Cory Booker's Facebook Donation Problem and Other Things That Should Prevent the Newark Mayor From Running For the Senate in 2014


Cory Booker, the mayor of Newark, New Jersey currently serving his second term in office, is seriously considering seeking a Senate seat in 2014. The 43-year-old mayor is an ambitious, smart and charismatic politician. However, residents of this city are troubled by gaps between the mayor's image as a superstar hero, and the failures to follow through to implement solutions for a long-term economic growth for this troubled city.

It's not difficult to see why this popular mayor has resonated with the general public. Stories of Mayor Booker rescuing a woman from a burning building, distributing diapers during a snowstorm and — last month — participating in a food stamp challenge make headlines (he even offered neighbors a place to recharge during Hurricane Sandy). While our current political gridlock makes it difficult for politicians from both parties to come together, it's refreshing to see a passionate and responsive leader who cares a great deal about a troubled city (disclaimer: I'm a big fan of Mayor Booker and I'm an ardent believer that he is changing the face of public service and leadership). 

Booker has been vocal on important policy issues in the media. In particular, his policy stance on drugs and guns has propelled him to the national spotlight. As one of the eight hundred mayors that make up the coalition of Mayors Against Illegal Guns, he has been straightforward on his position to demand change to the current political landscape.

Guns and drugs are a constant danger in any city, but they are especially rampant in Newark. To his credit, Booker has made strides in the revitalization process to create jobs in Newark. Yet, his success has not been without its own problems. Critics have pointed to other factors that pose a challenge to Booker's smooth ascendancy to the Senate. 

First, one particular initiative that was conceived in order to bring in jobs and revenue within the state of New Jersey has ruffled some feathers: The $100 million tax break offered by Booker under the Urban Transit Hub tax credit meant to entice corporations such as Panasonic from other parts of New Jersey to move into Newark. Local politicians have criticized this strategy as a "race to the bottom."  

Two, in late November, Booker nearly caused a riot by casting the deciding vote to break a tie over a vacant council seat. Locals were unsatisfied with the result of the vote.  Currently, a case is pending to determine whether there is a legal basis for Booker to cast the deciding vote.

Lastly, the generous donation by Facebook CEO Mark Zuckerberg who pledged $100 million towards Newark's public schools. The donation, under the guidance of Booker, offers little transparency as to how the funds would be spent. Fire Dog Lake, a progressive news site, revealed that a lawsuit filed by the ACLU forced the release of the email exchange between Booker and Facebook executives regarding how the donation would be spent. Booker, in previous exchanges, had denied the existence of such emails. This incident is a point of contention, since without any transparency the funds could be used to implement charter schools without the public interfering. This does not bode well for Newark's charter schools. Last year, three Newark charter schools have been implicated in a cheating scandal.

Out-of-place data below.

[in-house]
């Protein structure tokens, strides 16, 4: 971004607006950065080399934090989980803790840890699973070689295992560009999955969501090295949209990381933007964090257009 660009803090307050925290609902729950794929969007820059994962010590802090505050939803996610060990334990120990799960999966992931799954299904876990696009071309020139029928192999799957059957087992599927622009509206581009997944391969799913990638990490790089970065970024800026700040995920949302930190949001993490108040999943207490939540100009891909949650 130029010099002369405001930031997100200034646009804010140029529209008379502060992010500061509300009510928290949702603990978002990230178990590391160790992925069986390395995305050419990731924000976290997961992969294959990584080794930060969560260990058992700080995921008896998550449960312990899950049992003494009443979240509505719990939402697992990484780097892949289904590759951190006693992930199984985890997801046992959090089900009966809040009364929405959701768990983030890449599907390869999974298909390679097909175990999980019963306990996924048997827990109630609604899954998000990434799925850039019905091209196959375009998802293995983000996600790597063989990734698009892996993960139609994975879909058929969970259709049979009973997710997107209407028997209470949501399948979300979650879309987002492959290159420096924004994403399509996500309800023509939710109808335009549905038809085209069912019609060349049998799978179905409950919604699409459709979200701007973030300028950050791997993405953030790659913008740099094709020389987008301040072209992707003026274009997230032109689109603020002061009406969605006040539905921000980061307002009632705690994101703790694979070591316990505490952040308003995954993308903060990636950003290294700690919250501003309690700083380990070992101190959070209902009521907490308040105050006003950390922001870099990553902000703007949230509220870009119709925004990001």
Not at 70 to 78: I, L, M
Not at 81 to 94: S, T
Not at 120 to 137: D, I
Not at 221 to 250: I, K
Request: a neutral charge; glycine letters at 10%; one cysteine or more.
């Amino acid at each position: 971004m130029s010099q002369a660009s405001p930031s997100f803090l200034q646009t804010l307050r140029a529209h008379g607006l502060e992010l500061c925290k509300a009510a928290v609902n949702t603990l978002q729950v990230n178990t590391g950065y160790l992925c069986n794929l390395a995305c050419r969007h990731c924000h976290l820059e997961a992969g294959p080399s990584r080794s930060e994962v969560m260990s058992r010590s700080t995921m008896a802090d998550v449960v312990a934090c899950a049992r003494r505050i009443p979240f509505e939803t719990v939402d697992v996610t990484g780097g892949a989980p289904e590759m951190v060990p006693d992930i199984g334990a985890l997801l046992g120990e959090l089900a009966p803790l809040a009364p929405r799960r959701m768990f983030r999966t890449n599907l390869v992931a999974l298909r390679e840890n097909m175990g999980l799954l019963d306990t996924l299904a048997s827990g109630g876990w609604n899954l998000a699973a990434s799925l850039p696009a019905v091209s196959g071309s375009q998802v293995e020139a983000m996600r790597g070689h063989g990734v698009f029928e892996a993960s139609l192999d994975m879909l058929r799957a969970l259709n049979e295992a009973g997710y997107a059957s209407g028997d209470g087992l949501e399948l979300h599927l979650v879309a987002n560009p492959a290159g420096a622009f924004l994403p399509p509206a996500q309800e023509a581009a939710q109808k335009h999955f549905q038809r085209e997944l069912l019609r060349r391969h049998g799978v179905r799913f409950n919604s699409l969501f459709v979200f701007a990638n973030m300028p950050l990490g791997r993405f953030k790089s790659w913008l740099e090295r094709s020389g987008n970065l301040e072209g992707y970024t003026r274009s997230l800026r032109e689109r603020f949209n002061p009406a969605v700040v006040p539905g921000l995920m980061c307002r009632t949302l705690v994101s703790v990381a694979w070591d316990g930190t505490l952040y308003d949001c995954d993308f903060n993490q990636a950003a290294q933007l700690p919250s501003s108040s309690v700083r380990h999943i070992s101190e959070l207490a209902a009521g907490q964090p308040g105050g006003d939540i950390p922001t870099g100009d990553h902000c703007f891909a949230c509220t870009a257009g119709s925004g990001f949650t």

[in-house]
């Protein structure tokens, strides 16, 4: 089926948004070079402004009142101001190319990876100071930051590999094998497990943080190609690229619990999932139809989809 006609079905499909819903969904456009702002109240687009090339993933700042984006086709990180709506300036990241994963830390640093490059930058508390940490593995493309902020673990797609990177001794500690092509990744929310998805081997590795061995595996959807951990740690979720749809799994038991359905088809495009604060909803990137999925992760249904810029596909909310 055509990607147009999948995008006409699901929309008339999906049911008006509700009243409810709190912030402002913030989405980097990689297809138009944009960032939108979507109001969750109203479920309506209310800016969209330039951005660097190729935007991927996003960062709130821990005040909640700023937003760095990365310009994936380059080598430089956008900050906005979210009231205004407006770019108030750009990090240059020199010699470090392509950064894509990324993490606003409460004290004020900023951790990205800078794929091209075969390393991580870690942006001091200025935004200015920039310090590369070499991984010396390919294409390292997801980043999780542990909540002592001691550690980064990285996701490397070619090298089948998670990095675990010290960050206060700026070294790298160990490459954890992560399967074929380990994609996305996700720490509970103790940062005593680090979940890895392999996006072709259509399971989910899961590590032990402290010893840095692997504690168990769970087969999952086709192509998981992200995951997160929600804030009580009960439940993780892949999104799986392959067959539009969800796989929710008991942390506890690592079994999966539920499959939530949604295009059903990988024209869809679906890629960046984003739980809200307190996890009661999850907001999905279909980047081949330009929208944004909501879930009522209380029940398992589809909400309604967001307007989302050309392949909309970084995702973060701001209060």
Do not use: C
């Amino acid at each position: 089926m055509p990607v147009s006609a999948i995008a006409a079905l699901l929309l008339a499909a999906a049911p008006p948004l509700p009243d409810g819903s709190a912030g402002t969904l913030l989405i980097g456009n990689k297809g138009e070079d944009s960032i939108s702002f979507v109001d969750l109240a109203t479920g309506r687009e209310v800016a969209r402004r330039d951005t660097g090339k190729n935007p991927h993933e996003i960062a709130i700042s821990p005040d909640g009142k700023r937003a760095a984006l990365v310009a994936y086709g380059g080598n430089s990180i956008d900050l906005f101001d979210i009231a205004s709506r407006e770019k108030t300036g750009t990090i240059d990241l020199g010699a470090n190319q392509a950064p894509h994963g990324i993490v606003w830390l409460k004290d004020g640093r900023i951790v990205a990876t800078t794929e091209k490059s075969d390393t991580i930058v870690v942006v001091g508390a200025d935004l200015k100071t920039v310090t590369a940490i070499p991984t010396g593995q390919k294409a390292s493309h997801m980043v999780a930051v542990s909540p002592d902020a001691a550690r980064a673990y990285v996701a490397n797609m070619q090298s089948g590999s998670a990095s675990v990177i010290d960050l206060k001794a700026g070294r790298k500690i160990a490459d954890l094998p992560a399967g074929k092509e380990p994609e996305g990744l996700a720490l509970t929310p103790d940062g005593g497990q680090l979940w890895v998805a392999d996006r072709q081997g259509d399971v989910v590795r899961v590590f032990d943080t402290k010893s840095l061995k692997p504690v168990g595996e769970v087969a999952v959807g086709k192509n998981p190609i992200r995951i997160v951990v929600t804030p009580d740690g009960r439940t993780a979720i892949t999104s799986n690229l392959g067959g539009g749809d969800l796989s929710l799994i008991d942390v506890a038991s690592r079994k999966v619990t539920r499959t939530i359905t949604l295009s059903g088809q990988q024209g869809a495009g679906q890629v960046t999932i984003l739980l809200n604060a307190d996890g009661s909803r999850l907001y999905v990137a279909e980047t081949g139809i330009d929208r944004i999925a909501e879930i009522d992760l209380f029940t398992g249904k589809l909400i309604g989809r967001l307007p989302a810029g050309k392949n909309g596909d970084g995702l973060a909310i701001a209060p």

New York Times article noted the discontent of locals, critiqued the effectiveness of his administration and lamented that he is more concerned with developing his "brand."  Three problems have emerged to support this view: taxes risen by 20% over the past 3 years, rising crime and unemployment with a past history of troubled city finances; and the fact that there are still areas in the city that are riddled with shootings and drug dealings.

It doesn't help his case that Booker's close ties to entertainment moguls and celebrities, which allow him to secure funds for his campaign and boost revenue to finance public parks and projects, often take him away from the city (despite his accessibility on Twitter and other social media).

Furthermore, Wall Street donors have underwritten his campaigns according to a profile story released by Vogue Magazine. Booker's controversial statements by going against President Obama's critical remarks over Mitt Romney and Bain Capital during the 2012 presidential campaign could have been a protective measure to protect his own material interests.

It's rather difficult to be an unbiased politician when one's campaign is financed by outside actors who have a vested interest. It all comes down to trust and competence.  Mayor Booker has always been accused of being an "outsider." I'm not sure that he will be able to silence his critics over issues that are still unresolved. He needs to devote more time to addressing the outstanding issues that are still plaguing Newark.

Should Mayor Booker still seek a Senate nomination, he will be facing some stiff competition from incumbent Frank Lautenberg — and possibly from a running mate, New Jersey Congressman Frank Pallone.

Lautenberg, a far-left Democratic Senator is 88-years-old and may seek to run for a sixth term. While he hasn't ruled out retirement, some feel that Booker may be forcing Lautenberg to face a decision that he isn't ready to make just yet. His other competitor, Frank Pallone has expressed a desire to run for the Senate seat, should Lautenberg announce his retirement. Pallone's strength is his close ties with the state's political machines and may use them in order to leverage against Booker. Lautenberg also has a formidable war chest at his disposal: $3.5 million. By no means would Booker assume an easy win.